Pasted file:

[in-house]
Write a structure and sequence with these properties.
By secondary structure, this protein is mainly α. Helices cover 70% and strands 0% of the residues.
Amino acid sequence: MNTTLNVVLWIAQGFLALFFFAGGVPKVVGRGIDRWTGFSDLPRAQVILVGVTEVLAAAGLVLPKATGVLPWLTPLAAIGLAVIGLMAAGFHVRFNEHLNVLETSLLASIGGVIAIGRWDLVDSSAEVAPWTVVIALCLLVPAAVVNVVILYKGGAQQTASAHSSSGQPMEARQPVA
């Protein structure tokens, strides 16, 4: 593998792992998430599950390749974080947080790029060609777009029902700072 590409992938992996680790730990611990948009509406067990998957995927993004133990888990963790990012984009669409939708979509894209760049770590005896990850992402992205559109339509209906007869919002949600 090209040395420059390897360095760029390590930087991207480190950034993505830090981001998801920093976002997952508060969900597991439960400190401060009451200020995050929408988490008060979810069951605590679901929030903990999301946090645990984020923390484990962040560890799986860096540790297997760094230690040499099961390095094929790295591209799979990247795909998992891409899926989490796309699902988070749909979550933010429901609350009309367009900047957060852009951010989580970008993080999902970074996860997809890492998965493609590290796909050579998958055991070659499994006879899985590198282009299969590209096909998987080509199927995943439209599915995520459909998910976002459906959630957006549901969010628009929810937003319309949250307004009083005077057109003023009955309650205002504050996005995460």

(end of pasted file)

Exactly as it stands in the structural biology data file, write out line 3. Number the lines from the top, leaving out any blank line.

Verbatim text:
By secondary structure, this protein is mainly α. Helices cover 70% and strands 0% of the residues.